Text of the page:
How Much Does Houston Spend on Flood Control?

In the coming century, the burgeoning metropolis is going to have to make huge investments to ensure its future.

Stranded motorists look over a flooded I-45 North near downtown Houston after tropical storm Allison, in 2001.
Stranded motorists look over a flooded I-45 North near downtown Houston after Tropical Storm Allison in 2001. (Reuters)

Texas continues to battle the ravages of Hurricane Harvey, which has dumped more than 30 inches of rain across the greater Houston area. The record-setting rains have caused devastating floods for the third straight year in the area, following the Tax Day Flood of 2016 and the Memorial Day Flood of 2015.

Houston keeps flooding, but local authorities have long tried to mitigate the risks of living in the Bayou City. Houston is located inside Harris County, and after a series of floods in the 1930s, the county created a flood-control district to regionally manage the area’s flood-preparedness system. Over the years, the Harris County Flood-Control District worked with the Army Corps of Engineers to make the entire city of Houston into a hydraulic machine that can direct water into a series of bayous, canals, and reservoirs, then on into the Gulf of Mexico. There are now 2,500 miles of channels for moving water and a total of $4 billion of flood-mitigation infrastructure.

As bad as things are in Houston right now, they’d be much worse without all this infrastructure in the ground. So, to keep these mitigation measures working, the Harris County Flood Control District spends roughly $100 million per year.

That sounds like a lot, but Houston is now a metropolitan powerhouse. The fourth-largest city in the country, it’s also the primary home of the nation’s oil and gas industry. The area’s real GDP is approaching half a trillion dollars a year.

And consider what some other agencies spend. The South Florida Water Management District spends $664 million per year on its operations. The California Department of Water Resources, which operates the state’s dams and canals, spends more than $500 million per year on “public safety and prevention of damages.”

Or compare to road-infrastructure spending: In Houston itself, the public-works budget is $2 billion this year. In California, the state spends $1.9 billion on highway maintenance alone.

Infrastructure is expensive, which is one reason that even an additional $1 trillion would only be a down payment on what the United States needs to maintain its functioning basic systems. But it’s expensive because it serves the needs of whole populations. Multiply anything by 350 million (or 7 million or 1 million) and you get a pretty big number.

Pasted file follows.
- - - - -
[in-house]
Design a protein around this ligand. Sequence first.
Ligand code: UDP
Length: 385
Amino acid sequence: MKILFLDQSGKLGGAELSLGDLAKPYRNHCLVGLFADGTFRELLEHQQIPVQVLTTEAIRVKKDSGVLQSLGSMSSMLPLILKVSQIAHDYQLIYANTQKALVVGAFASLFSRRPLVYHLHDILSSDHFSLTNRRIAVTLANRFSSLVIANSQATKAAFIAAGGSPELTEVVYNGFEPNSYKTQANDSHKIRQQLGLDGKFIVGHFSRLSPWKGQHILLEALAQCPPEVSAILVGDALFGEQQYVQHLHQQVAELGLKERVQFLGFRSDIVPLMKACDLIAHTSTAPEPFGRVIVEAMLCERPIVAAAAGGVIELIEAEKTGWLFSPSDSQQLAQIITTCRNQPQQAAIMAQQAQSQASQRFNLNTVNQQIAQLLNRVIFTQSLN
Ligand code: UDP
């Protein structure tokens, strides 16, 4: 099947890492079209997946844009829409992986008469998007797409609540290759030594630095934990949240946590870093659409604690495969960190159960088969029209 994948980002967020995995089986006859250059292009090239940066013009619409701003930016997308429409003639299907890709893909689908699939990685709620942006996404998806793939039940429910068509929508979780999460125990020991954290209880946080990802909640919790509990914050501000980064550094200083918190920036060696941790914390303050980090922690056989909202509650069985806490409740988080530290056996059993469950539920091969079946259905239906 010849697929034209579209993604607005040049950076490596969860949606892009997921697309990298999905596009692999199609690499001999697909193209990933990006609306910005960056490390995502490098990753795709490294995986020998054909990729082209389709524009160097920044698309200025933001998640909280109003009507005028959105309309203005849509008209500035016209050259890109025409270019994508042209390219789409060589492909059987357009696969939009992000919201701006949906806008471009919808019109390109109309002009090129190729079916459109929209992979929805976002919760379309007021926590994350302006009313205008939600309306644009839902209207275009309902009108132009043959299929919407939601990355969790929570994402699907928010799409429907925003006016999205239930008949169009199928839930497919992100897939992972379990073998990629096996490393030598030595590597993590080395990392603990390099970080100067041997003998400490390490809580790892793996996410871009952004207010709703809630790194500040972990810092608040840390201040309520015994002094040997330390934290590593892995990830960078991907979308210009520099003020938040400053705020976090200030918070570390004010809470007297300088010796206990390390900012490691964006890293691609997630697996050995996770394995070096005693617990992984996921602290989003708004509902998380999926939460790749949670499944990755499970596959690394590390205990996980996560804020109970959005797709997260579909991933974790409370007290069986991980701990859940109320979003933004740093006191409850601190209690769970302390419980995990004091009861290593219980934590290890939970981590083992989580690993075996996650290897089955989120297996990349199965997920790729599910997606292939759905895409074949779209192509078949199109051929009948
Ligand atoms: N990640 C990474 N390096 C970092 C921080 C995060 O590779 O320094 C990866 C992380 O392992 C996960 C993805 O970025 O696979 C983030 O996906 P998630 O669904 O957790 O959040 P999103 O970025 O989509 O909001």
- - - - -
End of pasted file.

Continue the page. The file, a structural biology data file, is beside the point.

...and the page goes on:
In 2016, the Harris County Water District’s former chief estimated that $26 billion would be necessary to really harden the city against flooding. That would be done by, among other things, widening existing channels to increase the throughput of the water-moving machine.

At the same time, however, the city has continued to pave away the land’s natural capacity to absorb rainwater. One study found that over the last four decades, rainfall had increased 26 percent in the Brays Bayou watershed, but “runoff has skyrocketed by 204 percent.”

The city’s human inhabitants must race to protect themselves from ... themselves. The system was designed for a much smaller city with fewer people and much less runoff.

The system was also designed for a Houston climate that featured less extreme rains. The Texas state climatologist John Nielsen-Gammon has shown that rains have gotten more extreme in the city. “Heavy precipitation of any particular magnitude are twice as likely to fall in the Bayou City today as they were in the early 20th century,” the Houston Chronicle reported.

And though improvements to planning and mitigation would be actual improvements, it’s not clear that even a system with a $26 billion upgrade—or more—could have handled what Harvey brought to the area. The 2016 Tax Day Flood dumped 240 billion gallons of water on the county. Already, Harvey has sent 734 billion gallons to the ground in the same area; according to Flood District calculations, there have been 23.7 inches of rainfall on average across the whole county in the 48 hours since the storm made landfall.

Tropical Storm Allison, which struck in 2001, also brought tremendous rainfall, but only a tiny portion of the county crossed 25 inches of precipitation over the five days of that event.

Harvey will be remembered for the breadth of its rainfall, a burden which shows the cracks in Houston’s infrastructure. To survive on the Gulf Coast in the coming century, the city and its surrounding county are going to have to make the kinds of huge investments in flood mitigation that their forbears did after previous disasters.